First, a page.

• Amyanne rigby

A Valentine for my brother

My dad sits in a chair in my cozy office as the sunshine glistens on his silver hair. His eyes are closed and he is sharing a memory with me. Not just a memory, but THE memory. A memory that I am certain he often plays over and over in his mind- it is what warms him on cold and lonesome days- those days when the ache for his younger brother Kurt seems impossible to fill.


When he speaks of his youth and his favorite time of life at the center are Logan, Utah and his brother Kurt. (shared from his point of view, but with my words)

"Winters in Logan were harsh in my boyhood years. Nearly always 10 to 20 degrees below freezing. The mountains were blanketed by thick white layers. The air was cold and brisk. In fact, so cold that if you had to relieve yourself your pee would freeze in mid air.


We dressed for the occasion as we had to walk up hills both ways to deliver papers. On Weekdays, Kurt and I would deliver 60 papers and on weekends 120. Thankfully, our grandfather Kimball always cleared the roads on our route first as he was over the city snow plows.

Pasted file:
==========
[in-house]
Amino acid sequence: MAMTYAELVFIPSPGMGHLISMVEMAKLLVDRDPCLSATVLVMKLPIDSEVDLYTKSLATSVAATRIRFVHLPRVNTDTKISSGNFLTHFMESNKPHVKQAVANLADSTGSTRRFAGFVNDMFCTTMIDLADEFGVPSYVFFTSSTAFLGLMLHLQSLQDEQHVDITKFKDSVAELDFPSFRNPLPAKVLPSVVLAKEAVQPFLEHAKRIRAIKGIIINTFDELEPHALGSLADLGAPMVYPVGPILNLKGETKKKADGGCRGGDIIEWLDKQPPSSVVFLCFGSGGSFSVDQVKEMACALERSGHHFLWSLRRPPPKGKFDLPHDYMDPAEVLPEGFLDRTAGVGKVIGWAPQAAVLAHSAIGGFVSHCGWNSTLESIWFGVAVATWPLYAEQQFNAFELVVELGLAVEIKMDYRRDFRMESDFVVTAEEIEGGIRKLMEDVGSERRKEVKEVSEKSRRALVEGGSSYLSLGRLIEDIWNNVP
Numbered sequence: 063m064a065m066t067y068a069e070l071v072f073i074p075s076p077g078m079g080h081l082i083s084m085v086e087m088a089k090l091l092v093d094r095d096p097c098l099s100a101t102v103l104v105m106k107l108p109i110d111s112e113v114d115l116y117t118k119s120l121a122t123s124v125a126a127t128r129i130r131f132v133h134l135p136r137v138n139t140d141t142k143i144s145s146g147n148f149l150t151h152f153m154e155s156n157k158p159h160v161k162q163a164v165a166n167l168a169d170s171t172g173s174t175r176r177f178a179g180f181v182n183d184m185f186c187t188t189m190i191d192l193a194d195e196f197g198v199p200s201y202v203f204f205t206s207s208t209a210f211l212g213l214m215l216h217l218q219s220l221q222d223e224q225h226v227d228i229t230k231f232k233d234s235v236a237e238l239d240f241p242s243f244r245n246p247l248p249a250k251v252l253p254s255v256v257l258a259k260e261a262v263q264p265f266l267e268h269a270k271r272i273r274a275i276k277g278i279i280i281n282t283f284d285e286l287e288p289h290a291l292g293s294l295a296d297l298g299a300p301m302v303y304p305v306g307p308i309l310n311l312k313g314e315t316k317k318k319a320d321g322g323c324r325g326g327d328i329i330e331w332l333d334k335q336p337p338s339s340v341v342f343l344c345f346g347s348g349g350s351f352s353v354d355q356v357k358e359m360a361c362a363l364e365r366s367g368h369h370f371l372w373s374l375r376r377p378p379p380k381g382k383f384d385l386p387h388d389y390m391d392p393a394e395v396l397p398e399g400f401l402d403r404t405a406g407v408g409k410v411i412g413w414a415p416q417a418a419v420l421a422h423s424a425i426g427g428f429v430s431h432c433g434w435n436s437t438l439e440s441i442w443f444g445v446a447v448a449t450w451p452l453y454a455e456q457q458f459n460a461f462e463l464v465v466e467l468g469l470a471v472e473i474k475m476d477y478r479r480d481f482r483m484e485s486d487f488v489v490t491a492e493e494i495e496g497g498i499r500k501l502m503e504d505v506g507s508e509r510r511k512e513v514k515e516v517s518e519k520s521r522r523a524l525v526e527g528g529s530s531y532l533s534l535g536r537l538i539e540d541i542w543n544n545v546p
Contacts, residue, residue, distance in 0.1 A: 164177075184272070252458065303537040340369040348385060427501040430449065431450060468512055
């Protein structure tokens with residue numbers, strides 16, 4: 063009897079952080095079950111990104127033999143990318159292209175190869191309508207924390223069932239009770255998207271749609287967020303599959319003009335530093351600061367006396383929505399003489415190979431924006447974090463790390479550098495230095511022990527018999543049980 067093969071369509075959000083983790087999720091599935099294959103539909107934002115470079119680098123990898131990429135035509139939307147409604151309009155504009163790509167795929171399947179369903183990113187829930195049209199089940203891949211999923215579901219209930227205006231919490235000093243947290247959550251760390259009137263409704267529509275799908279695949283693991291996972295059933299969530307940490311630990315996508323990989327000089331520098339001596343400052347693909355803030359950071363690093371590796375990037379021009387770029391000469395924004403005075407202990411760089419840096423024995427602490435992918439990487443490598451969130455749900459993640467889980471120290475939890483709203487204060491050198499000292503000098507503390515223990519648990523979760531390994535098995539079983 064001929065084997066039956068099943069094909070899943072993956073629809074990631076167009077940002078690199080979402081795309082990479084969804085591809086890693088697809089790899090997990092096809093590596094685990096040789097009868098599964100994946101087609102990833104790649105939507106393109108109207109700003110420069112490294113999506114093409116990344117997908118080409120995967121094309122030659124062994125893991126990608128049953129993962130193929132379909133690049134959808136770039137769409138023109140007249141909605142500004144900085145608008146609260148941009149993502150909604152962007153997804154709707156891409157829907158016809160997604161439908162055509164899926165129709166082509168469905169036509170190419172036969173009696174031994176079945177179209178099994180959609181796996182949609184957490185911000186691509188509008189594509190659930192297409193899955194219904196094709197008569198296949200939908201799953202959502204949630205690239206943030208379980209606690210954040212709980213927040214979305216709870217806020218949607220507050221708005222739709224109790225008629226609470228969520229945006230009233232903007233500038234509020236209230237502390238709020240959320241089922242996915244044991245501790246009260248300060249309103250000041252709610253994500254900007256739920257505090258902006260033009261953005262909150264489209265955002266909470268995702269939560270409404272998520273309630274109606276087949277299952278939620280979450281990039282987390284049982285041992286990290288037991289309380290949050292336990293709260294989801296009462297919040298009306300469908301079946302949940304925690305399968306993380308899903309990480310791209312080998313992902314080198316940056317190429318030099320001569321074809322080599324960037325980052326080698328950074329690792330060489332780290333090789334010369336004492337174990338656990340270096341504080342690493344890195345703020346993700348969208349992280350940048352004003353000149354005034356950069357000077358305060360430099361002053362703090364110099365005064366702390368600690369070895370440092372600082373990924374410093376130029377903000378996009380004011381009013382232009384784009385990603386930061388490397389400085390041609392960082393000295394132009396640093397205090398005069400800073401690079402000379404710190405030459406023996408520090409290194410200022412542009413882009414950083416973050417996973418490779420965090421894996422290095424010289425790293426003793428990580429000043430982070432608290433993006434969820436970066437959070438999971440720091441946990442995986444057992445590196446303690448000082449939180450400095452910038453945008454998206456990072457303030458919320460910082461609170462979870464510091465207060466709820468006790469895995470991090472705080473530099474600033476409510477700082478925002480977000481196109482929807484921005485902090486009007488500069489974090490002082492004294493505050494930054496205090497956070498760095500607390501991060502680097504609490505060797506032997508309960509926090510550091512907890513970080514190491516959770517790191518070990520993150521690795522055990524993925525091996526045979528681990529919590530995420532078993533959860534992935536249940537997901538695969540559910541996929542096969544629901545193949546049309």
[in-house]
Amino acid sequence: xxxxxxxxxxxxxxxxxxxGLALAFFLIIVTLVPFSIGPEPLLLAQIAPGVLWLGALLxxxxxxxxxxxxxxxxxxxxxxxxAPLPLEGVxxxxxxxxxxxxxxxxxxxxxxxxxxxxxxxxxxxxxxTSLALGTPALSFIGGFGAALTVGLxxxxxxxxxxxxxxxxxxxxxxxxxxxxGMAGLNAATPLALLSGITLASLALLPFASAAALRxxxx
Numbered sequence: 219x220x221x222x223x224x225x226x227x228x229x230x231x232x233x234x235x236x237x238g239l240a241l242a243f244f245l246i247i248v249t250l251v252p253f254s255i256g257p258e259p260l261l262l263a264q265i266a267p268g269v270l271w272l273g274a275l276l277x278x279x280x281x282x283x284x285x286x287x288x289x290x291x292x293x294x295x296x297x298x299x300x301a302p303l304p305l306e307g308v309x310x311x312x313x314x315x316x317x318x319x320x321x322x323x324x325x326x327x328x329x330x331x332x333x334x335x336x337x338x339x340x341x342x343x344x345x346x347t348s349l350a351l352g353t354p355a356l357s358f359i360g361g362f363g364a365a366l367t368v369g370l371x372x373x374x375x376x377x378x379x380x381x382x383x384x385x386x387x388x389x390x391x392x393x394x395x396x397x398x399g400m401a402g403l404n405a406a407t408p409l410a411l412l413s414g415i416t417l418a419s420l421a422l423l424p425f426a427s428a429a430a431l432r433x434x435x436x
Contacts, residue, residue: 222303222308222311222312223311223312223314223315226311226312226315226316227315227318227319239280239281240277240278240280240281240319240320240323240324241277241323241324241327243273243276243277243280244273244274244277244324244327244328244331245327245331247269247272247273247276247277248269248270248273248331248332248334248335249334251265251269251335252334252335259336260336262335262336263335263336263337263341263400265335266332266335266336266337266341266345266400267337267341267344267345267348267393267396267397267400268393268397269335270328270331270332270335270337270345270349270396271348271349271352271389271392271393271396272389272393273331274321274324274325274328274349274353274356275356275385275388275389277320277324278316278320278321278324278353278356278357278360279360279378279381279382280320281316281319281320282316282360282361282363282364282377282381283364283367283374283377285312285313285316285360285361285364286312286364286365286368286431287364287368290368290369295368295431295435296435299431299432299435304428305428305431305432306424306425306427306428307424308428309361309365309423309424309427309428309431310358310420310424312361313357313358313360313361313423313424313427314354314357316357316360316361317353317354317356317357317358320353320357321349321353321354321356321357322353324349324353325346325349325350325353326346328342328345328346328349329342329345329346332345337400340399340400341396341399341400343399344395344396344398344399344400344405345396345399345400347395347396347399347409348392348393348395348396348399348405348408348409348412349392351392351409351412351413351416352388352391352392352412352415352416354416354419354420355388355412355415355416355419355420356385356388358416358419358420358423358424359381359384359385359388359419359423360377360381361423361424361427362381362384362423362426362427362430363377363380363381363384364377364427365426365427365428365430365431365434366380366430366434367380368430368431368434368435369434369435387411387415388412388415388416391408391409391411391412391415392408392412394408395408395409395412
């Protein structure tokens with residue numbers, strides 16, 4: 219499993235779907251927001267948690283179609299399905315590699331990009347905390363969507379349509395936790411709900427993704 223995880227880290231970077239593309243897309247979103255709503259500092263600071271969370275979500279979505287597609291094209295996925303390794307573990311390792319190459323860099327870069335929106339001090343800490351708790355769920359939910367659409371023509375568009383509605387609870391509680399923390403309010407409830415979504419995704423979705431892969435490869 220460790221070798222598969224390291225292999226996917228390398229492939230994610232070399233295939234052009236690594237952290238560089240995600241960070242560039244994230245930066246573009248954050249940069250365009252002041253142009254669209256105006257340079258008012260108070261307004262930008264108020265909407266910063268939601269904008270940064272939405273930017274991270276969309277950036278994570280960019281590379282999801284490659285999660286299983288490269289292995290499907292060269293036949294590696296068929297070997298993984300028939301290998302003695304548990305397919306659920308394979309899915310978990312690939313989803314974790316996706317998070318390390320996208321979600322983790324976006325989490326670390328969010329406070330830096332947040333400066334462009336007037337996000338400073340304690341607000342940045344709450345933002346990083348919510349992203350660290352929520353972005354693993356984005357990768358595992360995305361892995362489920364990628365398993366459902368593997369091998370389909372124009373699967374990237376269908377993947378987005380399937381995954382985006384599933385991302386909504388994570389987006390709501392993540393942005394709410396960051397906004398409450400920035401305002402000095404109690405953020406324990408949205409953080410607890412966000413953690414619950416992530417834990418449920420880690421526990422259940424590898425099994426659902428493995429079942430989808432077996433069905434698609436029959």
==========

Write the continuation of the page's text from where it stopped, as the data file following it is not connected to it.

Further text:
Our route took us all the way to the first dam. Our favorite street on the route was a neighborhood of college professors. Mr. Armstrong always treated us to a yummy treat. It however had one odd ball and of course he was not a professor but an attorney. Every neighborhood has to have one... this one was George Preston. He was adamant that his paper arrive no later than 7:30, and he and would notify our parents if it did not. On one particular morning, our father, MD, had received one too many phone calls from Mr. Preston and told him to quit his b.... and that his boys would have the paper delivered on time when Mr Preston saw to it that his sons were no longer late for my father's 9 am art class. It seems Mr. Preston quickly changed his tune after that. I believed Mrs. Preston concurred with our father on this one for she often had hot chocolate and a warm roll for us.


Dad was always good to us and made sure we were always prepared for the bad weather and nearly twice a week he would treat us to a Milk Way bar- they only cost a nickel.


The Logan dam was the center of our life as youngsters. It marked the end of our paper route and was also the playground for all of our childhood adventures. It was here we gathered with the Woodruffs, Le Beaus, and Rowley boys for seasonal sports-- ice hockey, ice skating, fishing, inner tube runs, and in the early morning hours- skinny dipping.

I miss my brother and my boyhood days in Logan."


My dad opens his eyes and comes back to me. He is wiping the mist out of his eyes and gives me a hug good bye.



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